JERUSALEM (AP) — The U.S. envoy for Iran says the Trump administration will maintain its pressure campaign until the inauguration and anticipates it will be difficult for a future President Joe Biden to bring the U.S. back into the 2015 nuclear agreement.
Elliott Abrams spoke to local journalists on Monday during a visit to Israel, which was staunchly opposed to the nuclear agreement.
“It doesn’t really matter who is president on Jan. 20 in the sense that there’s going to be a negotiation with Iran anyway,” Abrams said, echoing the Trump administration’s position that the U.S. election results are not final until they have been officially certified.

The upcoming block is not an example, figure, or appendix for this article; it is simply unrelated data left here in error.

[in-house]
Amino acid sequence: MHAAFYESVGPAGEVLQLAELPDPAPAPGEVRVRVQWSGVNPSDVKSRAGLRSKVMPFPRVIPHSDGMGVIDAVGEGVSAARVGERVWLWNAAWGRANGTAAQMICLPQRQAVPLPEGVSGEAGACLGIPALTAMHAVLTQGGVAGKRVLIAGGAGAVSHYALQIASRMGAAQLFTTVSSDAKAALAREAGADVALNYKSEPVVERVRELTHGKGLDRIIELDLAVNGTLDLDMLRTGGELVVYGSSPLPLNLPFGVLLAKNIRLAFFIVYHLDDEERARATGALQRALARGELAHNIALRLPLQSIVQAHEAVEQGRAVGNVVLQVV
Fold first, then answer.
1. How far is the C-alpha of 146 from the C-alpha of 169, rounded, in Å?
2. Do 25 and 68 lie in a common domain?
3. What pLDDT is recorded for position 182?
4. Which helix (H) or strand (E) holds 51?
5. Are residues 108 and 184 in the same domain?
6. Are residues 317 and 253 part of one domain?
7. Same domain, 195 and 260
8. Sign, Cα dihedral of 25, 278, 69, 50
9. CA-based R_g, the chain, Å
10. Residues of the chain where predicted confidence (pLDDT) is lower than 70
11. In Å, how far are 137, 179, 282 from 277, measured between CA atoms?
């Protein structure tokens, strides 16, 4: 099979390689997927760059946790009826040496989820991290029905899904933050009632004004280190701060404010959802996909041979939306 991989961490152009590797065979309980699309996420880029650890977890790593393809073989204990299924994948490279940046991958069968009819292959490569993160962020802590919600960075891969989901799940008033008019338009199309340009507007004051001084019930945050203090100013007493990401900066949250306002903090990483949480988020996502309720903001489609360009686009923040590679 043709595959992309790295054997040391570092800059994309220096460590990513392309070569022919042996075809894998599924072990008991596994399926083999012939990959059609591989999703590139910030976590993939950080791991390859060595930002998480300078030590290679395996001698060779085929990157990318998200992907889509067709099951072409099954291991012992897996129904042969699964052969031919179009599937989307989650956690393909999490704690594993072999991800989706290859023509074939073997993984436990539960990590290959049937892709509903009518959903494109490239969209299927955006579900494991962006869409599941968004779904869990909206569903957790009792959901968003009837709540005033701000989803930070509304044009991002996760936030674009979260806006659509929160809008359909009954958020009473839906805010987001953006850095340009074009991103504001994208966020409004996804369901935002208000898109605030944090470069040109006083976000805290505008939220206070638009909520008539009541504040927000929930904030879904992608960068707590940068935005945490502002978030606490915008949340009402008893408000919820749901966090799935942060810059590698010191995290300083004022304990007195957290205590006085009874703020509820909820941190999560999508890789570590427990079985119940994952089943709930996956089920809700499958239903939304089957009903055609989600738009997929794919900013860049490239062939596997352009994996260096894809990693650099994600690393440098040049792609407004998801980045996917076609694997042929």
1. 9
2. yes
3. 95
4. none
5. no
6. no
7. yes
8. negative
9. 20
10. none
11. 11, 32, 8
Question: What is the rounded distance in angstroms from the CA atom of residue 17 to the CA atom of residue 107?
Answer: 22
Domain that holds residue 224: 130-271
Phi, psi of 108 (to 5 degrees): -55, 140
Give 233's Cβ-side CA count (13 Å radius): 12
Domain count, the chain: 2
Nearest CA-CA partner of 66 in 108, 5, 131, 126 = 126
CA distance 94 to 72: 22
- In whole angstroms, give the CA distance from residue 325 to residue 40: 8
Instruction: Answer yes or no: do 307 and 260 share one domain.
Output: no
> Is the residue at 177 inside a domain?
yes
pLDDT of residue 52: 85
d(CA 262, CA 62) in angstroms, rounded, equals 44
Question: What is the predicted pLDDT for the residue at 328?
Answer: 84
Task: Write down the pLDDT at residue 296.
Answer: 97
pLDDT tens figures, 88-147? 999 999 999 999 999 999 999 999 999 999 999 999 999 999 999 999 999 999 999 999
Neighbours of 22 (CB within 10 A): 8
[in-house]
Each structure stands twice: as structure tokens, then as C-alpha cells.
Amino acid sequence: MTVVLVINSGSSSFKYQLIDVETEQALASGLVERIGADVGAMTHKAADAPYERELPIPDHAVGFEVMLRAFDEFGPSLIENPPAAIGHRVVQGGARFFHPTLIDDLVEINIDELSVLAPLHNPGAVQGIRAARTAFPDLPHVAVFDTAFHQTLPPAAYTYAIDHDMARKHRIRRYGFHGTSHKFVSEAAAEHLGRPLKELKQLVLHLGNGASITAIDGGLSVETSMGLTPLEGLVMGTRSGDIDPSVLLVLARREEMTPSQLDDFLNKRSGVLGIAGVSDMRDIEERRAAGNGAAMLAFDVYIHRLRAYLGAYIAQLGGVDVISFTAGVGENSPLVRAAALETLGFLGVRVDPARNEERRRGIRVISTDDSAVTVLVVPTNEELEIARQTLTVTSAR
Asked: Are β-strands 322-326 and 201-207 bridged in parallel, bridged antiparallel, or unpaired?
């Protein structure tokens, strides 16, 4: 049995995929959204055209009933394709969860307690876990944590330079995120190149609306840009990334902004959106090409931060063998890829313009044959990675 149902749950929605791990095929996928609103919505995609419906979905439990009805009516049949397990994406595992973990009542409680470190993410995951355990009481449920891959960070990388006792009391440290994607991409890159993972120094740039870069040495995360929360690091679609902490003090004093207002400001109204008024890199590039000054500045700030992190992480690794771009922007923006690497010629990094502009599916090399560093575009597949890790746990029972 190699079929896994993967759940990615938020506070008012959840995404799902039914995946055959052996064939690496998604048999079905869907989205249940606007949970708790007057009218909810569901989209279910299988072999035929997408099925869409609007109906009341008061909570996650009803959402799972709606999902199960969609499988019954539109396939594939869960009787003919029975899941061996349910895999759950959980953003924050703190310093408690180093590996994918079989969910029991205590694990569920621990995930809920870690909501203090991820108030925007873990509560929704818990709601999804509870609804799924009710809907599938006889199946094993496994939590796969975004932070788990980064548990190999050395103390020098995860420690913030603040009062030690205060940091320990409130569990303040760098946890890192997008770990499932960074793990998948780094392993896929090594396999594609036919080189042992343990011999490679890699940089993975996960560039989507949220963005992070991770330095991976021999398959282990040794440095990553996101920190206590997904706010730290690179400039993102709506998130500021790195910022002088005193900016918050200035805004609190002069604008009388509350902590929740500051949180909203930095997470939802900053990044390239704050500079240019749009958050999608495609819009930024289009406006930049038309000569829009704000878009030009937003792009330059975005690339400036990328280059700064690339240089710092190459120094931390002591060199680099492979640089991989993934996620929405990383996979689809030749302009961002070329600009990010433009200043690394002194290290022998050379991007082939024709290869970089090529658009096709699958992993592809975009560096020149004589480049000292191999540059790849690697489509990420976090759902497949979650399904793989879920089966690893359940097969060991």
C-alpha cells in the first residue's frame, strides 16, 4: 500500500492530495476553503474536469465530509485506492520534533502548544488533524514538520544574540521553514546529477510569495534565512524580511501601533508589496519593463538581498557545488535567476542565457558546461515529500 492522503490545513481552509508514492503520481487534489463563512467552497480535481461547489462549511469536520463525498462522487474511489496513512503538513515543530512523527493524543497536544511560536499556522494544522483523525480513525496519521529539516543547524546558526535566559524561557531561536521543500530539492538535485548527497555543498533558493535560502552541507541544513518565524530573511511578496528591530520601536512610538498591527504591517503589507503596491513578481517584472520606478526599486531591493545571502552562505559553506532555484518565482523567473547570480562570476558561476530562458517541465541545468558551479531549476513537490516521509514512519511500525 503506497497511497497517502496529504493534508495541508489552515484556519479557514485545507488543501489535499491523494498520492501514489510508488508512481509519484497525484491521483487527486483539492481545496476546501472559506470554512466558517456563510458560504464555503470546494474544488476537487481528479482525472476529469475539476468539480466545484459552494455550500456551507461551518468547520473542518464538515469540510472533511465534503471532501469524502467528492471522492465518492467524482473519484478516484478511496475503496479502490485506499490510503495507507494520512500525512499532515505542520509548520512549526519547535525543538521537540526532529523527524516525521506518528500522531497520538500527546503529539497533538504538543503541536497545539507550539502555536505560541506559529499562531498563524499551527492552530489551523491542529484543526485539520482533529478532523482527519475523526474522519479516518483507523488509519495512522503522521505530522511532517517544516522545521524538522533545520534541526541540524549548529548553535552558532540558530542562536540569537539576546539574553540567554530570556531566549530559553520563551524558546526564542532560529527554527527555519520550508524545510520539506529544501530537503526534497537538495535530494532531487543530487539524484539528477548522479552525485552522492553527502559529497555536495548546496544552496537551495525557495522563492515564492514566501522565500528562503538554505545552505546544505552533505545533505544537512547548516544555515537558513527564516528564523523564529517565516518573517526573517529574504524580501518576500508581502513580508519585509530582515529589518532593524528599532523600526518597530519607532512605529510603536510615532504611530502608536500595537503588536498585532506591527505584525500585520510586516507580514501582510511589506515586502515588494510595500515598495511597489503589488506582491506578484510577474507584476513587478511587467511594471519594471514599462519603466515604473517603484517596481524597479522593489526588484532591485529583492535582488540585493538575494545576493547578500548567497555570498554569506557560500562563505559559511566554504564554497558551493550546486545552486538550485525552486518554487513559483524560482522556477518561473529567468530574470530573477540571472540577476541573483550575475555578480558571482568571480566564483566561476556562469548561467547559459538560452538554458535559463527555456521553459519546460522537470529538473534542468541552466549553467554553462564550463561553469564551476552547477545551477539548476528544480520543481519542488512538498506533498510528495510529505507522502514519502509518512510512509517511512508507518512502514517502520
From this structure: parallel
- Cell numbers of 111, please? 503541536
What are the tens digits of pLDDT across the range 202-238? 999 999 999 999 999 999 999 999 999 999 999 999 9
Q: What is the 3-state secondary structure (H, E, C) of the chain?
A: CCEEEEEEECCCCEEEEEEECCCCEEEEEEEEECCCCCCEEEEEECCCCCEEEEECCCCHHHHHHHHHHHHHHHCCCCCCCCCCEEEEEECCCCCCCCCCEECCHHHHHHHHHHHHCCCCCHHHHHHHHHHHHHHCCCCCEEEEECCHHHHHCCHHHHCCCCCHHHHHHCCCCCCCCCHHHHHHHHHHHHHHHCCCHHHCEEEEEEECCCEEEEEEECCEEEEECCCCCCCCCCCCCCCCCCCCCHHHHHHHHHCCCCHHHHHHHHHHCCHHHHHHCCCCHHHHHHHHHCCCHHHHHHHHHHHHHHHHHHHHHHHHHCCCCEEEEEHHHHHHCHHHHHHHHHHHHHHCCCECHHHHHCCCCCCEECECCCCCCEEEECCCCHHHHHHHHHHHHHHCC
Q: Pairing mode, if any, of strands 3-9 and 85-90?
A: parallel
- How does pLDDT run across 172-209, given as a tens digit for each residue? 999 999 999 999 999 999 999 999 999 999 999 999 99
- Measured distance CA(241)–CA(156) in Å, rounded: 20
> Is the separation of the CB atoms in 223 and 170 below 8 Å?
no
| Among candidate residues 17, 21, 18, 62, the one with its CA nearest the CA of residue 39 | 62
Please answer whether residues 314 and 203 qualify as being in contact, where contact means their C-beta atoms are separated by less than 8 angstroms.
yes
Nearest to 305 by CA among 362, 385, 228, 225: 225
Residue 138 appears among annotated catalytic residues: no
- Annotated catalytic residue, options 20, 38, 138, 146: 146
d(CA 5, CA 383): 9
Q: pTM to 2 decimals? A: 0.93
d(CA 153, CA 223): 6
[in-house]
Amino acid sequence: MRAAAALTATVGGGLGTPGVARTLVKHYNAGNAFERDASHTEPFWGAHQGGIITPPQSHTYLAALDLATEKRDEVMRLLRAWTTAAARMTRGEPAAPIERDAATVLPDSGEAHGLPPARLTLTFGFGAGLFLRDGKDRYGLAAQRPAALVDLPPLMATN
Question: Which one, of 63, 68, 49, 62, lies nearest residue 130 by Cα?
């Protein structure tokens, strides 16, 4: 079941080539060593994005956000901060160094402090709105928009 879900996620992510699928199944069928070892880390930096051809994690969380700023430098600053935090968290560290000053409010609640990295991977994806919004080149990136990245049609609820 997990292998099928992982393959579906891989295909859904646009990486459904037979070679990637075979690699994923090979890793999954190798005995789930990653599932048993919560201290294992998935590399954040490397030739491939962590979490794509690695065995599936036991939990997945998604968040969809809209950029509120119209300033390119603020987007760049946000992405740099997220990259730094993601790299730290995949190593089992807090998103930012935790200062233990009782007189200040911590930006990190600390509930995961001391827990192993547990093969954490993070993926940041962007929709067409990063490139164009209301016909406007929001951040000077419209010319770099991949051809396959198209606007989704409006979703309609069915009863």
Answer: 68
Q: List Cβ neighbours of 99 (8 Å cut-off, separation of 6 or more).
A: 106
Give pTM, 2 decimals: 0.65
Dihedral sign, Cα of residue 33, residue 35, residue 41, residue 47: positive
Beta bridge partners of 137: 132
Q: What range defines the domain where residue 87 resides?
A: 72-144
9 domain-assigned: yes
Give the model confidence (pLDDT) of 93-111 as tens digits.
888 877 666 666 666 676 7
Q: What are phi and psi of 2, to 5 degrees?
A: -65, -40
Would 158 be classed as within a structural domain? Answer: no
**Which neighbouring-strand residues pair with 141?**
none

“Whether it is possible to go back to the JCPOA remains to be seen,” he added, referring to the Iran deal.
President-elect Joe Biden has said he hopes to return the U.S. to the agreement with world powers, in which Iran agreed to limit its nuclear activities in exchange for the lifting of international sanctions. President Donald Trump withdrew the U.S. from the agreement in 2018 and imposed crippling economic sanctions on Iran, which responded by publicly abandoning nuclear restrictions in the agreement.
Abrams said all U.S. sanctions, including those related to human rights issues and Iran’s support for regional militant groups, would remain in place through Jan. 20.
“We have the maximum pressure sanctions program,” he said. “It will continue in November, it will continue in December, because it’s unrelated to politics, it’s unrelated to elections.”
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